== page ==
Turning Point: The shift had already started a bit but the Penguins really took off when Joe Vitale drew a cross-check from James Wisniewski seven minutes into the second period. They scored on the ensuing power play and never looked back.
Bruins win 4-2 | BOS wins series 4-1
Boston Bruins: There are many things that make the Bruins so difficult, one of which is the fact that they can throw out four lines with consistency and get something from all of them. Every skater but one had a shot on goal. It was no different on Saturday as everybody did their jobs and once again the Bruins handled the Red Wings with relative ease until the desperation for Detroit kicked in. They didn't dominate the game or the possession but they also once again did a good job keeping the Wings away from the net at even strength. It's fitting that the Bruins did so much damage on the power play with two goals as they finished with six on the man advantage in the five games against Detroit. On to Round 2 and the great rivalry with the Canadiens.
Detroit Red Wings: There were times the Red Wings almost looked intimidated by the Bruins but they still held their own pretty well, once again going about shot for shot with Boston in terms of attempts. They relied on the youngsters to get them into the playoffs but they didn't get much from them in this game or this series, the little production they did get came from the veterans. It was certainly a good season again for the Wings with all things considered and they extended their playoff streak to another year but there is still work for Ken Holland this offseason, particularly shoring up the defense will remain a priority.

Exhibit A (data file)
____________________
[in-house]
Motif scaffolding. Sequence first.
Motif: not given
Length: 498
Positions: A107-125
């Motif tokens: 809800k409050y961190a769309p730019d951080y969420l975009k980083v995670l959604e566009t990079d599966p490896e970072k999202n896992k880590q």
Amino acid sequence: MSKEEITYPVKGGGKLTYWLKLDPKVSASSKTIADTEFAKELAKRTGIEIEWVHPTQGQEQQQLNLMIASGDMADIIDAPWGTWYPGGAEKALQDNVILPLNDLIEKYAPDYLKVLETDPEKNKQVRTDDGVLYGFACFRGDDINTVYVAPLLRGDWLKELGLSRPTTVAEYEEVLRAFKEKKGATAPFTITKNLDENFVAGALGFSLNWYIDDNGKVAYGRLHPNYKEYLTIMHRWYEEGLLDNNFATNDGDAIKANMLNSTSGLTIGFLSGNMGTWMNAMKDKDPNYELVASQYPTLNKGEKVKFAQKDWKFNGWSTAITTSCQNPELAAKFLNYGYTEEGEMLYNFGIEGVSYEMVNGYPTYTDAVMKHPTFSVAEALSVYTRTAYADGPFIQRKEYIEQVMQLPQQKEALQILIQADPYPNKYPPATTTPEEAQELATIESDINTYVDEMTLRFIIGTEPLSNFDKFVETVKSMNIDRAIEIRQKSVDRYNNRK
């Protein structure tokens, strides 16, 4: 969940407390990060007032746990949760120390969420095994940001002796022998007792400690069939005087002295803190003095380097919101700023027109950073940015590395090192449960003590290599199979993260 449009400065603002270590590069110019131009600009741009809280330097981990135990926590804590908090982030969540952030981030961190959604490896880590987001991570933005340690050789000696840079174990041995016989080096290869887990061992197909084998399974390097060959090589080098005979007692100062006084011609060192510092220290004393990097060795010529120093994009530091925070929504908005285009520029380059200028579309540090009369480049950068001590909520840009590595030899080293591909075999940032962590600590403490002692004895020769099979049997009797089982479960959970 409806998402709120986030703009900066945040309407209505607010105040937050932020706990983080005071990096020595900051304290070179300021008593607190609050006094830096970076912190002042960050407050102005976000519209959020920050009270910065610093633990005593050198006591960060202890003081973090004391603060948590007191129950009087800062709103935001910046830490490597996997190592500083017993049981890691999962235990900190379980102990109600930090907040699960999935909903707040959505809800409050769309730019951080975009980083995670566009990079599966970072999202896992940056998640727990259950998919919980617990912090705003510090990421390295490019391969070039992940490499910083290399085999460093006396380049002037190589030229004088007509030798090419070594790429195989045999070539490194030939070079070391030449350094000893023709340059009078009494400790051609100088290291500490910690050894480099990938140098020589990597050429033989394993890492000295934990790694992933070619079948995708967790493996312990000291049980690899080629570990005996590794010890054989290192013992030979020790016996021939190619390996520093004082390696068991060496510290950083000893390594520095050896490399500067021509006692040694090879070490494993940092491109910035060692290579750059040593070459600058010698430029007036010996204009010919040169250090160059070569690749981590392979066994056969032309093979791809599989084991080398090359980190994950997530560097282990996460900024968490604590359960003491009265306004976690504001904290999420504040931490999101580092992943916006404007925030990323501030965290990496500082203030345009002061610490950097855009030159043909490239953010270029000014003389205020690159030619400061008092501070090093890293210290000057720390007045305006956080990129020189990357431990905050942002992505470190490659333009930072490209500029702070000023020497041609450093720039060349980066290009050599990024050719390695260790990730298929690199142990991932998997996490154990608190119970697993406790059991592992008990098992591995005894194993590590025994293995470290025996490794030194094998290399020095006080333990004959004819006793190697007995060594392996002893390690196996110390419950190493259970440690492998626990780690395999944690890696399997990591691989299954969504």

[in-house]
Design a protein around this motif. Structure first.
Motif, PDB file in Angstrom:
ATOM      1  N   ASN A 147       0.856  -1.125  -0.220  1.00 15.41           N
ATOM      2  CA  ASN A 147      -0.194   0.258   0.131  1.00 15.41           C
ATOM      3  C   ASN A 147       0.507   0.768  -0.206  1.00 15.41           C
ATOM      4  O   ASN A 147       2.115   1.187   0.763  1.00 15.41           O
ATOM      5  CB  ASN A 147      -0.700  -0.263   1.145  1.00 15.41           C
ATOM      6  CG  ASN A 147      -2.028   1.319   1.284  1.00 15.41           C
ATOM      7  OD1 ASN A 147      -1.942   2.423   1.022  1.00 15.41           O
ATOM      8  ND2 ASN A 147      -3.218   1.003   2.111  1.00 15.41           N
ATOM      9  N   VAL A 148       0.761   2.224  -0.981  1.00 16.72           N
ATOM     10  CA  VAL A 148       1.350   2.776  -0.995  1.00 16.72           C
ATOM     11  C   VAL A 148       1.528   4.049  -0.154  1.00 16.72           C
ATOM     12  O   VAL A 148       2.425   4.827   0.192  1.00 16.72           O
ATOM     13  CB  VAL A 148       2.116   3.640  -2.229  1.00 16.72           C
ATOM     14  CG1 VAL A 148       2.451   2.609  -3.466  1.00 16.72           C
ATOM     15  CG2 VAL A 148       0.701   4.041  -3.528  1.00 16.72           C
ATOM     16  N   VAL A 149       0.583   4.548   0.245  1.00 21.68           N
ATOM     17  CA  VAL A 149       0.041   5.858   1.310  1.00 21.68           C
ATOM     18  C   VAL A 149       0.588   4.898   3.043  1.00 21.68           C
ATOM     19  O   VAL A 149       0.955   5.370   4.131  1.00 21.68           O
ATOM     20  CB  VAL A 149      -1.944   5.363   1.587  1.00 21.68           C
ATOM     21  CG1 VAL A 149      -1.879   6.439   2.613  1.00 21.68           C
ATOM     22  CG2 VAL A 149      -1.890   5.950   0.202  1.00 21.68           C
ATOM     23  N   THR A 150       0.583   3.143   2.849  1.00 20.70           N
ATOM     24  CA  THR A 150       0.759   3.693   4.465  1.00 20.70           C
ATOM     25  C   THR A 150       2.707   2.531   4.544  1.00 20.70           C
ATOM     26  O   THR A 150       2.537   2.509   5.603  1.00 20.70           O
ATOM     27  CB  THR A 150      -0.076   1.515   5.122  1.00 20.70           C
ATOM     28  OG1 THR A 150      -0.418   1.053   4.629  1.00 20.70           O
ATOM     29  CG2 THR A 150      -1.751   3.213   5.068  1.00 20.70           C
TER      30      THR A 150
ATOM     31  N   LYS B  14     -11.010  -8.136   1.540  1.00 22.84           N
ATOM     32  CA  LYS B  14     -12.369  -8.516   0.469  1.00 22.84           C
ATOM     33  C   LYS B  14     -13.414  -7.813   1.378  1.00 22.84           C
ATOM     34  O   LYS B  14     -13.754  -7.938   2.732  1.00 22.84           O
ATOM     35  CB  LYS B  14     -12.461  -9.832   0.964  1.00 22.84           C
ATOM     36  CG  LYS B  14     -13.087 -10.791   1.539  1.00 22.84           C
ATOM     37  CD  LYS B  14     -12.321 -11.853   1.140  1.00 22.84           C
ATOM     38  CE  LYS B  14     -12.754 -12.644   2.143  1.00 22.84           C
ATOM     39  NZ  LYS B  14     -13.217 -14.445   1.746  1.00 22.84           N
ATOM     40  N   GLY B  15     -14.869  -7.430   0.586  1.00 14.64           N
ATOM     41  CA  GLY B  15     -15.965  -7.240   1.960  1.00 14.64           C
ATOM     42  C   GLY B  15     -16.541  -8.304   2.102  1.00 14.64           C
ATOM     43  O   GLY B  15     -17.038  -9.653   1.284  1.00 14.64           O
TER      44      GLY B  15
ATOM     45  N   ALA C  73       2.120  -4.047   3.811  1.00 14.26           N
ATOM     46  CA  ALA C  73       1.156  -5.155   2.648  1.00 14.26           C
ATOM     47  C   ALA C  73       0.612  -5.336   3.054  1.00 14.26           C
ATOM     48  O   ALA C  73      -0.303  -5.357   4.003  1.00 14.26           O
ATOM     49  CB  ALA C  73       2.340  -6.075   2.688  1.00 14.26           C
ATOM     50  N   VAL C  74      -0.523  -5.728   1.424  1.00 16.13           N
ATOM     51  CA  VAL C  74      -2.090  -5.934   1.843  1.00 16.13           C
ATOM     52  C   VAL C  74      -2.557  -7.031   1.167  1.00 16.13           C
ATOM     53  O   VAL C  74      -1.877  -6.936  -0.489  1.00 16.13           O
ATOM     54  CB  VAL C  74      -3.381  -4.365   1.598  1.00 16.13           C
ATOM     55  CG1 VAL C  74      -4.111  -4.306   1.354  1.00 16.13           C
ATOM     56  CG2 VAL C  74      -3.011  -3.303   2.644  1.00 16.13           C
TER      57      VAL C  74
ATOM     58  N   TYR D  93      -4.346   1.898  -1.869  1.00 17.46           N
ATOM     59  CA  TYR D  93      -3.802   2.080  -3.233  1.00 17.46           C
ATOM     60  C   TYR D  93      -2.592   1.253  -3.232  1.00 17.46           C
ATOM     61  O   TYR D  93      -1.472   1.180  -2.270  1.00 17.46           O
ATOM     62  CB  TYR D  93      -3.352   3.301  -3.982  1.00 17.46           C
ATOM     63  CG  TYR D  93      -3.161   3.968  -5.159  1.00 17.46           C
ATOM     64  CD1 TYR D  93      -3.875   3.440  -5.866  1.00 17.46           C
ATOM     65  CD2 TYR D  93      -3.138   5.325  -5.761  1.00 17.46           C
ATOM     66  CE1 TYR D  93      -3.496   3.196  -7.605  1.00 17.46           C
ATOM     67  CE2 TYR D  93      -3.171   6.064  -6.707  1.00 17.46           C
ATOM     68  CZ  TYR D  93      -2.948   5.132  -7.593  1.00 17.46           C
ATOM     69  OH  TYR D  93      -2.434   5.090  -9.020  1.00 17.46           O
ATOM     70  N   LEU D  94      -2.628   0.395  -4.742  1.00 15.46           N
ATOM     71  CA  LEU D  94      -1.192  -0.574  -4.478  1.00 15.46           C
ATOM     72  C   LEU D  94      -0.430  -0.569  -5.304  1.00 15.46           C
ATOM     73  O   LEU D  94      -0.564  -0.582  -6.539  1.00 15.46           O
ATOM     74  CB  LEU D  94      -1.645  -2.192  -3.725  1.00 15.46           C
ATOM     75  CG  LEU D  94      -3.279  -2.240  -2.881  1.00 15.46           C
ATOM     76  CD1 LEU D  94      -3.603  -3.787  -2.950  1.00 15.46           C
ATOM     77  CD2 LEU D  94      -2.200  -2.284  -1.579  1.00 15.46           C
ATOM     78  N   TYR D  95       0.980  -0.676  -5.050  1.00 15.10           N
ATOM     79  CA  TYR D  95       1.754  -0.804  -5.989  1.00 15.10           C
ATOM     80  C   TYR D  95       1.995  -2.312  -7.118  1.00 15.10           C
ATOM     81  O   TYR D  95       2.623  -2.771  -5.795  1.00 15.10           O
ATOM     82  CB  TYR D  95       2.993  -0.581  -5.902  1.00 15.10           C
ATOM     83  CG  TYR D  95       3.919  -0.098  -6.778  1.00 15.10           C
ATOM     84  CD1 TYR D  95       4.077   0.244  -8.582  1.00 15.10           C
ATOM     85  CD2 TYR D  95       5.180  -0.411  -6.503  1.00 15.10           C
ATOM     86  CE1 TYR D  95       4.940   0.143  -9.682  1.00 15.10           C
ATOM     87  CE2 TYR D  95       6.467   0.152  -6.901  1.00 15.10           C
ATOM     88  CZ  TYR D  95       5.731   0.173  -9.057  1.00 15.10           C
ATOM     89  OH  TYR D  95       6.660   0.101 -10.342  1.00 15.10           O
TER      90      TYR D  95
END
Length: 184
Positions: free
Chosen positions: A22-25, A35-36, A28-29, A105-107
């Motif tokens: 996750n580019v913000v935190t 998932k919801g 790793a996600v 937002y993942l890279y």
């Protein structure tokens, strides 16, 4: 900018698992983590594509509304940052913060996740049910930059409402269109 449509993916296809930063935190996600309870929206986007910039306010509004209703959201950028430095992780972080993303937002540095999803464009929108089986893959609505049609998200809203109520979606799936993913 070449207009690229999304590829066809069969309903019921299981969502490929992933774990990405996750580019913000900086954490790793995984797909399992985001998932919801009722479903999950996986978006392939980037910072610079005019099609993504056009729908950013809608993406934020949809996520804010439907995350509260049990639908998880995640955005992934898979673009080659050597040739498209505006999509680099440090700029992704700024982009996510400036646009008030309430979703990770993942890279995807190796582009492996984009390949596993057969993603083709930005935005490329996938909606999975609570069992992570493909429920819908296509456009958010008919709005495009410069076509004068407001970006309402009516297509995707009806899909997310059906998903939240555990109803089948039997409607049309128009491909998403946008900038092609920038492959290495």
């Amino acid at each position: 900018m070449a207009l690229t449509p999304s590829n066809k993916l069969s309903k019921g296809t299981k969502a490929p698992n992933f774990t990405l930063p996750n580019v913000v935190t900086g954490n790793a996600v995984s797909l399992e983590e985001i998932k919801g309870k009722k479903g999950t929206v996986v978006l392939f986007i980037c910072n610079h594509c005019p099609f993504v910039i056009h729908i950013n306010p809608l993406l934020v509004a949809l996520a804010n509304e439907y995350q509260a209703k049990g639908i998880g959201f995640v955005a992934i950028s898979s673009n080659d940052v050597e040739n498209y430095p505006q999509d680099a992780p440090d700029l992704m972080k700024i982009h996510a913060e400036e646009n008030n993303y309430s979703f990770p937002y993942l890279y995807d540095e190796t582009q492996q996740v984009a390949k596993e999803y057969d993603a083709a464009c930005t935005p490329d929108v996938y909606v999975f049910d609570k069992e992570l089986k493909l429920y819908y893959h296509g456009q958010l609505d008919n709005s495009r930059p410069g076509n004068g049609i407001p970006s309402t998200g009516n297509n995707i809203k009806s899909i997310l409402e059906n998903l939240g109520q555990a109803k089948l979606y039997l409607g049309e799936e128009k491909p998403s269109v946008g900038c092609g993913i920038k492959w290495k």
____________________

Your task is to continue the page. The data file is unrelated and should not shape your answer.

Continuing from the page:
Play of the Game: This ended up being the winning goal for Boston, Milan Lucic's tally early in the third period. The play is helped out by Johan Franzen's defensive-zone turnover but Torey Krug knew what to do with it and put a beautiful pass right on the tape of Lucic in front of the net. Plus, this play comes with the bonus of a nice Jonas Gustavsson save earlier in the sequence.
Player of the Game: It's tough given how much the Bruins balance out and you can never go wrong with Chara but we'll shine the light on Torey Krug today. He was on the ice for just a touch over 20 minutes and finished with two assists. He is a big reason why the power play has stepped up this season along with the move of Chara to the front of the net.
Turning Point: Late in the second period the game was tied and then a parade to the penalty box commenced. In a short time the Bruins ended up with a 4-on-3 advantage and on the power play Zdeno Chara bombed home a shot just before the end of the period. It was a massive goal that carried over the Bruins' edge into the third period.
GIF of the Game: Getting the better of Zdeno Chara on a check is pretty rare but Justin Abdelkader did just that in the first period. Not only did he knock Chara's helmet off but the hit resulted in the big man getting his stick stuck between panes of glass for a second.